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IPFS News Link • Energy

Airseas installs its first fuel-saving auto-kite on a cargo ship

•, By Loz Blain

The full-size kite is estimated to save up to 20 percent of fuel burn and emissions.

The US$30-million, 154-meter (505-ft) Ville de Bordeaux, owned and operated by Louis Dreyfus, is currently on a long-term lease to Airbus, which uses it to move large aircraft structures between its distributed manufacturing plants around Europe and its final assembly plant in Toulouse.

Now, it's been fitted with a 500-square-meter (5,400-sq-ft) parafoil kite, plus all the deck and bridge equipment required to run the Seawing system. The Seawing deploys automatically, first emerging from storage on a trolley, then raising up from the deck on a mast to catch the wind, and finally being released on a long cable to grab the steady, strong winds over about 200 m (656 ft) above sea level.

At this point, it begins a figure-eight trajectory at a speed over 100 km/h (62 mph), monitored and controlled by an automated system running on the ship that's programmed to place the kite for maximum traction power. The Seawing computers also interface with the ship's navigation systems, monitoring forward wind conditions and re-routing the ship to take the most efficient path possible without affecting its arrival time.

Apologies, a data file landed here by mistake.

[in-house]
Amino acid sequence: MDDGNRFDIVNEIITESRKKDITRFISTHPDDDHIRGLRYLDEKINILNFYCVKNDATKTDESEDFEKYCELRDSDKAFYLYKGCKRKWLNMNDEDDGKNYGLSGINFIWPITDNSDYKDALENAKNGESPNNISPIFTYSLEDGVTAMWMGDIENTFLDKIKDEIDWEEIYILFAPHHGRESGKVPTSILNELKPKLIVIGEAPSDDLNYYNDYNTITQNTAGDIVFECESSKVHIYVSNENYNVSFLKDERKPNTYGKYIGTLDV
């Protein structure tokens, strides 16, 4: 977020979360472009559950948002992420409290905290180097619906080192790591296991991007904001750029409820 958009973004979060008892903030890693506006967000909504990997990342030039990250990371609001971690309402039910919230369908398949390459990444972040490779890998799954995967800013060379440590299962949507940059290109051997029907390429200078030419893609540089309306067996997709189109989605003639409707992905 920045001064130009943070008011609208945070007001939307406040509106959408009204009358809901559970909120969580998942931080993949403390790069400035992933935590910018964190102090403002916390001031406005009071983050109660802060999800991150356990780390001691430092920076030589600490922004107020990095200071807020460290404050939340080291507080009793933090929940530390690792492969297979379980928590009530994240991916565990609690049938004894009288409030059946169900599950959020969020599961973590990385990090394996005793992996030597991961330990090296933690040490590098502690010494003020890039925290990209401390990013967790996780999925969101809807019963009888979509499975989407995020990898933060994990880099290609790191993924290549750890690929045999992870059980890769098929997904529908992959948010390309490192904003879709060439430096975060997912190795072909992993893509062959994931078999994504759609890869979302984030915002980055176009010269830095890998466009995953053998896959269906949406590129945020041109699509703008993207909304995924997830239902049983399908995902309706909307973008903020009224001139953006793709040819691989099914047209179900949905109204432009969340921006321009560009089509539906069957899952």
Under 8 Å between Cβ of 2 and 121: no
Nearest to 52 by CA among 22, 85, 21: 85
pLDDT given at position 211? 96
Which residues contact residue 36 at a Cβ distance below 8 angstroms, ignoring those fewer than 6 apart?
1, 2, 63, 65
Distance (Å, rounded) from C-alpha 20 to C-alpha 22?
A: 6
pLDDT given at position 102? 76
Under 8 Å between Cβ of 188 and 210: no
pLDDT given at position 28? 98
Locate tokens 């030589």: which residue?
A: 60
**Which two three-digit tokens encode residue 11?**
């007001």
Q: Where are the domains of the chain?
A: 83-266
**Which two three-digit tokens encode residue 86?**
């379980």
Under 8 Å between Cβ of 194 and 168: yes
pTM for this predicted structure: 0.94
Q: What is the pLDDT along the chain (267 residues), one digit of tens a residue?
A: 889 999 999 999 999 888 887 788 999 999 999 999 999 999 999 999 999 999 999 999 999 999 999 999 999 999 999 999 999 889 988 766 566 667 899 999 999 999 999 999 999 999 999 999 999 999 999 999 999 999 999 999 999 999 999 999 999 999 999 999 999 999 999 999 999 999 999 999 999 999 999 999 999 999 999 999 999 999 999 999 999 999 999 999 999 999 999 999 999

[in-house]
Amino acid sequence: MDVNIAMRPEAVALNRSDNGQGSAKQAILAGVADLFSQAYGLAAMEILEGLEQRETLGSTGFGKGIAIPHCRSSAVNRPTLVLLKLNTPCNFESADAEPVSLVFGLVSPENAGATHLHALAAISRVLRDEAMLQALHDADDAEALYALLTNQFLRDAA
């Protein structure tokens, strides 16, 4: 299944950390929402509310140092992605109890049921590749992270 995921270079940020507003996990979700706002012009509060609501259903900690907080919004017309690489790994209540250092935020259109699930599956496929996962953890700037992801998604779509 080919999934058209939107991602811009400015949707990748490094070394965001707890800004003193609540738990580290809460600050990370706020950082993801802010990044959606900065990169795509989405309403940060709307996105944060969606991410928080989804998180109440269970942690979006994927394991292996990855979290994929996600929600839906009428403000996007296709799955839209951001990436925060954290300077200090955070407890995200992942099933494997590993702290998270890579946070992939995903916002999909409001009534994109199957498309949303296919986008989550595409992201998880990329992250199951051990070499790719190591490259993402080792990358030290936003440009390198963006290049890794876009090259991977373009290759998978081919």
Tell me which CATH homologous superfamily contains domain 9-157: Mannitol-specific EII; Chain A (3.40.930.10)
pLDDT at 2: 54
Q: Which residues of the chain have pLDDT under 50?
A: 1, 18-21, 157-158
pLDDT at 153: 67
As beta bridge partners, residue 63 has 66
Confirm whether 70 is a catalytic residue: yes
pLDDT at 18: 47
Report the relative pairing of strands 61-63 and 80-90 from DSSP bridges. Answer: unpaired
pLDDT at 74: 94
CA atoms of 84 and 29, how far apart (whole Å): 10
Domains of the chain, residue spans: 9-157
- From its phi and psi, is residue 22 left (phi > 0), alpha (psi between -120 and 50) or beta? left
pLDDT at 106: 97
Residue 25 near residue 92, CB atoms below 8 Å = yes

The kite about to undergo testing is half the size of the full 1,000-sq-m (10,800-sq-ft) kite that'll eventually be deployed for commercial operation. Airseas estimates the full-size system will cut both diesel consumption and shipping emissions by a remarkable 20 percent. Germany's Skysails Group has tested similar devices up to 400 sq m (4,300 sq ft) in size, finding they replace up to 2 MW of power from the main engines under favorable wind conditions.

Airseas says the Seawing system can be retro-fitted to virtually all ship types, requiring only about two days for the conversion and not getting in the way of cargo operations in port. We'd certainly be interested to learn more about the economics of this kind of system; fuel costs for large freighters are enormous, and a 20 percent saving would add up to a significant figure very quickly.